My last couple of blogs were about the importance of disaster recovery planning. If an organisation does not have a well-tested DR strategy – sadly, an all-too-common state of affairs – the ability to deliver IT services and hence run the business will be severely disrupted if disaster strikes.
But it’s not just disasters that can compromise IT service delivery. Sudden traffic surges cause dramatic increases in the workload on the systems used, often bringing them to their knees. All the systems and their supporting infrastructure are intact – it’s just that they can’t cope with the demands placed on them.
I’m not talking about planned increases in workload, typically associated with dates or events. Month and year end processing, or big increases in travel associated with holiday seasons, are examples. There is time to plan for them although some systems still manage to crash even when the extra load is anticipated long in advance.
It’s big increases in traffic with little or no advanced warning that cause the real problems. Disasters may in fact be the trigger. Incidents such as floods or earthquakes can put tremendous loads on the IT systems used in the response. Emergency services are the prime examples. Police, fire, ambulance and even military systems could be involved, depending on the scale of the incident. All are likely to have deal with far more than their normal traffic. And systems outside of the emergency services, such as those used for recording faults in telecommunications and other infrastructure and scheduling repairs, are likely to be affected as well.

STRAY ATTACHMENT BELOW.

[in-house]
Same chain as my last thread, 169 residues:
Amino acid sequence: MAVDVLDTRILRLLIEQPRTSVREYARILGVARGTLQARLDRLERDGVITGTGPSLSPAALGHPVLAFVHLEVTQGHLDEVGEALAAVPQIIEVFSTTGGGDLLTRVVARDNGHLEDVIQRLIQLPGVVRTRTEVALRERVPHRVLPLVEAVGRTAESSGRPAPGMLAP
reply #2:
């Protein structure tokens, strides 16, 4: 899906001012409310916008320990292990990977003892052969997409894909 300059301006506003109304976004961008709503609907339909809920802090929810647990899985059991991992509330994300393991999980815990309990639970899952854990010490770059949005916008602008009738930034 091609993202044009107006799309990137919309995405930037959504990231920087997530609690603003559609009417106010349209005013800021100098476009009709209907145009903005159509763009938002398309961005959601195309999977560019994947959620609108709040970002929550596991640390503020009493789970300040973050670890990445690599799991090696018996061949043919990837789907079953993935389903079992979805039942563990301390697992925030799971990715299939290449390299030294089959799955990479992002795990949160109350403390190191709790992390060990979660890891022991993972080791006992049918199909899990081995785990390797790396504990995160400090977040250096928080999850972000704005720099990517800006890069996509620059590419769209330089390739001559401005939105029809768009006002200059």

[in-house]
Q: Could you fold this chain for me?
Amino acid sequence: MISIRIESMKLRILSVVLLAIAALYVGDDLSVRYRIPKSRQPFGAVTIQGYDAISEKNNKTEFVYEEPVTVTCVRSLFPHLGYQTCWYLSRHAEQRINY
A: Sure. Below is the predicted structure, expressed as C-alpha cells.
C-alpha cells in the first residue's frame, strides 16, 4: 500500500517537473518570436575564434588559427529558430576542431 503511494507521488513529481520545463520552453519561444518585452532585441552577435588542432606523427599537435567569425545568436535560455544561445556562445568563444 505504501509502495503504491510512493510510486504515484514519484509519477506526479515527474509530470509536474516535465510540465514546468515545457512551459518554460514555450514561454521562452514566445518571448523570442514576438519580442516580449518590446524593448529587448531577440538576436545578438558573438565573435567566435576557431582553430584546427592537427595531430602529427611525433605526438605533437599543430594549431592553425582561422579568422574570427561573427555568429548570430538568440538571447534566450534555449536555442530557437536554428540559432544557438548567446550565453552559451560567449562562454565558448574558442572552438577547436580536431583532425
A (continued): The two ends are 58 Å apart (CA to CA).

Less cataclysmic events can also cause sudden surges. Special promotions for products or services such as discounted fares by airlines increase the demands on systems. The business making the promotion should be able to prepare its systems but other organisations affected, such as for payment processing, may not have had the same warning.
It’s obvious that we require technology elastic enough to cope with sudden wide variations in load. One possibility is to provide systems big enough to handle just about any possible peak although predicting peaks has been made more difficult by the ever-rising use of the Internet. The number of end users clearly governs how much load can be generated: the numbers of PCs, smart phones and other user devices are unrestricted.
Assuming that we have configured a system big enough to cope, cost then rears its ugly head. For much of the time, the capacity available would be under-used. How can we square the circle of providing capacity for peaks while at the same time controlling costs?
The pay-for-use approach with ClearPath systems, using metering technology, overcomes the problems. Hardware technology developments have reduced costs, allowing the delivery of systems with far more power than is needed for normal operation. Headroom is left for planned peaks and sudden shocks. But the user only pays for what is used (in ‘MIP time’ units), not the full capacity available in the system. It’s analogous to electricity supply. The incoming supply allows wide variations in load, for example depending on the weather. The customer pays for the kW hours consumed, not the maximum possible.
Metering is simple and immediately handles sudden increases in load. Alternative approaches, such as repurposing and switching in additional servers or virtual servers, are more complicated and may be less responsive.